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Rumors Point to 3x Performance Gain for 3D Graphics in Haswell, But 3x What?

by on09 August 2012 2904 times
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One of the thing things that we find interesting in many leaks and even official documents about upcoming products is the use of percentages and multipliers without much real data. We saw this with Microsoft and their performance claims for Windows 8’s new desktop and 3D graphics performance. They used a ton of percentages and yet forgot to list the hardware they were comparing or any of the raw numbers. Not too long after that we saw ARM claim a base 50% performance increase with their next generation Mali GPUs over their current generation Mali GPUs. Again we do not have any real numbers or the basis for these claims. Unfortunately for ARM even a 50% performance increase will not make their next gen faster than some of their competition.

Now we are hearing that on some roadmaps Intel’s Haswell CPU is showing 3x the 3D Graphics performance of the Ivy Bridge. Again it sounds like a great thing, but we are simply missing too much data to start celebrating just yet. A 3x performance gain (or 300%) is nothing to thumb your nose at, but again what is the original number is 6FPS that means that your new frame rate is only 18FPS. This is still far under the playable range that a gamer would need at full HD resolution (meaning 1920x1080) and a typical amount of eye candy on.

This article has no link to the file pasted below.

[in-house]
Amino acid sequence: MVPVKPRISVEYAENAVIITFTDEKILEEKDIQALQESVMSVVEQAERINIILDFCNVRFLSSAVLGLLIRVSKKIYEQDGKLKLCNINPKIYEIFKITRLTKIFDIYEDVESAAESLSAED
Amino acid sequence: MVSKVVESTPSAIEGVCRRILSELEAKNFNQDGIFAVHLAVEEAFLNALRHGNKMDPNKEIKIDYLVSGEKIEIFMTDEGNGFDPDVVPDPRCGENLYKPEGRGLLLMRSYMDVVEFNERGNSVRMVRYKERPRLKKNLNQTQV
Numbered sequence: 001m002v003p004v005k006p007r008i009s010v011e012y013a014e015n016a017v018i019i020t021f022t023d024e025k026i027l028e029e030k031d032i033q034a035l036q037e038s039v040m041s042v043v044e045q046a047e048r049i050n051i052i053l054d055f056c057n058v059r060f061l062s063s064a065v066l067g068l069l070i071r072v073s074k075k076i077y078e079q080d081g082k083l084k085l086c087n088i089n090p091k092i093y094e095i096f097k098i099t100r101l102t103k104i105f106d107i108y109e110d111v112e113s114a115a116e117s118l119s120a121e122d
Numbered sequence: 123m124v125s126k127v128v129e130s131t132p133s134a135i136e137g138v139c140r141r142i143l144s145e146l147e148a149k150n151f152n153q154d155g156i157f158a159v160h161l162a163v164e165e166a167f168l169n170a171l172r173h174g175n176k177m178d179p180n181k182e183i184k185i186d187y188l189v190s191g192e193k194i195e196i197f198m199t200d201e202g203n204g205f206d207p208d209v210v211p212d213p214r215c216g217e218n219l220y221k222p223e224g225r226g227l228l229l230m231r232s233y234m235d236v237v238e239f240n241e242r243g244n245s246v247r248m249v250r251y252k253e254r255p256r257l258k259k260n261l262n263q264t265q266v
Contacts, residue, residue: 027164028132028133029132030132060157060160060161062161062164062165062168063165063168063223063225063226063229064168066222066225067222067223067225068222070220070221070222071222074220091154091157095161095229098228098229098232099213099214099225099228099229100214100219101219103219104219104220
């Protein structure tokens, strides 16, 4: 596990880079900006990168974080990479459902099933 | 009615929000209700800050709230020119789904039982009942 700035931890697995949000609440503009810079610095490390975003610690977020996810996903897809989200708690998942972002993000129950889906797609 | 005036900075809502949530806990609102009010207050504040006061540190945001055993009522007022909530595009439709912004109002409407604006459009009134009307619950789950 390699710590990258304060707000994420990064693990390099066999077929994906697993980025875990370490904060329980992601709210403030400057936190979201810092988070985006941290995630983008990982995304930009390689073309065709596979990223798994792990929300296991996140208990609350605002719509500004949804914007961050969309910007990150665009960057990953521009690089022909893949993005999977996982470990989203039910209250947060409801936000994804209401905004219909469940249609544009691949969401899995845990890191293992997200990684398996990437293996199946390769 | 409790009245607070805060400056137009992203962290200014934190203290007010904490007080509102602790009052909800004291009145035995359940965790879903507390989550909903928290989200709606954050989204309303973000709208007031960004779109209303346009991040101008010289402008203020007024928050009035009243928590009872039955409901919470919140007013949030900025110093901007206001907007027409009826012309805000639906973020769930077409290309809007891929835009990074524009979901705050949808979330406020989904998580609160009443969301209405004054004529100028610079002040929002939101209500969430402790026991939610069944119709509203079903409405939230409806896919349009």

In fact taking a look at most of the games we have tested in our motherboard and CPU tests for the Z77 line up. 18-24FPS minimum is about the range the new Haswell GPUs would be with many current games at 1920x1080. Now do not get me wrong here; any performance improvement is good and a 300% gain is amazing, but it still is not going to allow Intel’s GMA to break into the enthusiast level games unless it is at much lower resolutions… which could be a distinct possibility for Intel’s next generation processor.  We imagine that Intel’s goal here is not 1920x1080 but closer to 1366x780. This will give it enough room to pull off acceptable frame rates in many current games even with some eye candy on and that resolution seems to be the golden one right now for tablets and Ultrabooks. This should help Intel to push some of these to the market. Well, this and a disclaimer that it the new iGPU is not meant for high-end gaming.

Haswell is still a future product so we are not going to get real numbers from Intel just yet and the talked about Roadmaps are nothing but a rumor until we actually see the slides. We are still hopeful that we will see an improvement to Intel’s iGPU for their next generation CPUs as it will help the overall performance of the processor and might even help to reduce some of the heat and power that is needed to get higher clock speeds.

For now anything you read about Haswell should be taken with a grain of salt (and remembering that percentages and multipliers really mean nothing).  Intel also has to deal with AMD’s APUs which have been showing much better gaming performance that Intel’s GMA. It is true that the CPU portion of AMD’s APUs cannot keep up with Intel, but in the game of FPS AMD still has a distinct edge. Unfortunately for AMD notebook/ultrabook manufactures can always add in a better GPU and keep the CPU performance that Intel brings if they need better graphical performance. We do expect performance increases in both the CPU and iGPU from Haswell. This will be good for consumers as long as Intel can get them into compelling products, which might be the hardest part to accomplish.

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Last modified on 09 August 2012
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